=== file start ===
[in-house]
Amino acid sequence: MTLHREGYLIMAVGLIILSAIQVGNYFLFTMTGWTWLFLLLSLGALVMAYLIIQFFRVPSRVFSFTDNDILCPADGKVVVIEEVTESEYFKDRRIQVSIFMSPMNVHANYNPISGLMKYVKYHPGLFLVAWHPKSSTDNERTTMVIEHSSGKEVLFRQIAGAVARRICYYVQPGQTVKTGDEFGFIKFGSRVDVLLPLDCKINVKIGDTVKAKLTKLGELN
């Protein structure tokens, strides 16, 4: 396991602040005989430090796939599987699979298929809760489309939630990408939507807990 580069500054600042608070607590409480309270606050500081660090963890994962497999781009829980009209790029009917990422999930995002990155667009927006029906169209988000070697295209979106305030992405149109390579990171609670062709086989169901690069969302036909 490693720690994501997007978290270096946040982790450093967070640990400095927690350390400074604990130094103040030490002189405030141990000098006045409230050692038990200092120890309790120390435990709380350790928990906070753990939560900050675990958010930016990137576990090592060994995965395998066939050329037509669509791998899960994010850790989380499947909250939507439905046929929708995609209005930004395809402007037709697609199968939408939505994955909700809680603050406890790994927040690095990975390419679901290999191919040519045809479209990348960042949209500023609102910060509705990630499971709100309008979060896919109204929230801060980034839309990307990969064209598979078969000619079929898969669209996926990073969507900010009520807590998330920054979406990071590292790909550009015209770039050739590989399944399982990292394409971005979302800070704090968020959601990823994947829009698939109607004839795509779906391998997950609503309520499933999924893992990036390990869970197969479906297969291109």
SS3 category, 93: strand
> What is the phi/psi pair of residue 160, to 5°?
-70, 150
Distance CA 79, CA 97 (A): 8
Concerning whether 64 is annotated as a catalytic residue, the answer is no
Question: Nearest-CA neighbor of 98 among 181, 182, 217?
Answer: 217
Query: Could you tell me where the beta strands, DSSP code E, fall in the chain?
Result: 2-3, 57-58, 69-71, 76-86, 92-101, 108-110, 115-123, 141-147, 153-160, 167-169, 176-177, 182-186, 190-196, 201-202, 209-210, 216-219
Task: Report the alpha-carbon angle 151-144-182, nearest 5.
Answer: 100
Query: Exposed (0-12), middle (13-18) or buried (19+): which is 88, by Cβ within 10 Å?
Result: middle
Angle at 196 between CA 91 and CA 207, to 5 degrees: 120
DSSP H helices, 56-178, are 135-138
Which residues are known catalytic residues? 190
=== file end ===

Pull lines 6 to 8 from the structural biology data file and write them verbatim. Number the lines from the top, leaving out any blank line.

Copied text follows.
-70, 150
Distance CA 79, CA 97 (A): 8
Concerning whether 64 is annotated as a catalytic residue, the answer is no